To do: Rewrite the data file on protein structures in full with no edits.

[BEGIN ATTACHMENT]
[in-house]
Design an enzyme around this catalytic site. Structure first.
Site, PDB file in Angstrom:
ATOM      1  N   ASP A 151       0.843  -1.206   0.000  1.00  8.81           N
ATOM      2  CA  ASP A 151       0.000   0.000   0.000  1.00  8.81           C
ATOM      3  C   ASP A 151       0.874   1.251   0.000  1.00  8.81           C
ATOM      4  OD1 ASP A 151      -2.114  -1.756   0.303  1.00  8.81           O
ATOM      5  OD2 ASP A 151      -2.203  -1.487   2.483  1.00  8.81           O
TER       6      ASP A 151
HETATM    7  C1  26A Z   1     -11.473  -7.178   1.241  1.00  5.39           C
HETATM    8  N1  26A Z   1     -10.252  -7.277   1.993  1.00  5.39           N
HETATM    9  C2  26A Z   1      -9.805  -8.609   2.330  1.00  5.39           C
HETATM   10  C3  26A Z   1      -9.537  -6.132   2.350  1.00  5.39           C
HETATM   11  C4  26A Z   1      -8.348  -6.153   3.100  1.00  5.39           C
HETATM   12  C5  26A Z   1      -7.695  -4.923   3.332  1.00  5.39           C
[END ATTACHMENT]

[in-house]
Design an enzyme around this catalytic site. Structure first.
Site, PDB file in Angstrom:
ATOM      1  N   ASP A 151       0.843  -1.206   0.000  1.00  8.81           N
ATOM      2  CA  ASP A 151       0.000   0.000   0.000  1.00  8.81           C
ATOM      3  C   ASP A 151       0.874   1.251   0.000  1.00  8.81           C
ATOM      4  OD1 ASP A 151      -2.114  -1.756   0.303  1.00  8.81           O
ATOM      5  OD2 ASP A 151      -2.203  -1.487   2.483  1.00  8.81           O
TER       6      ASP A 151
HETATM    7  C1  26A Z   1     -11.473  -7.178   1.241  1.00  5.39           C
HETATM    8  N1  26A Z   1     -10.252  -7.277   1.993  1.00  5.39           N
HETATM    9  C2  26A Z   1      -9.805  -8.609   2.330  1.00  5.39           C
HETATM   10  C3  26A Z   1      -9.537  -6.132   2.350  1.00  5.39           C
HETATM   11  C4  26A Z   1      -8.348  -6.153   3.100  1.00  5.39           C
HETATM   12  C5  26A Z   1      -7.695  -4.923   3.332  1.00  5.39           C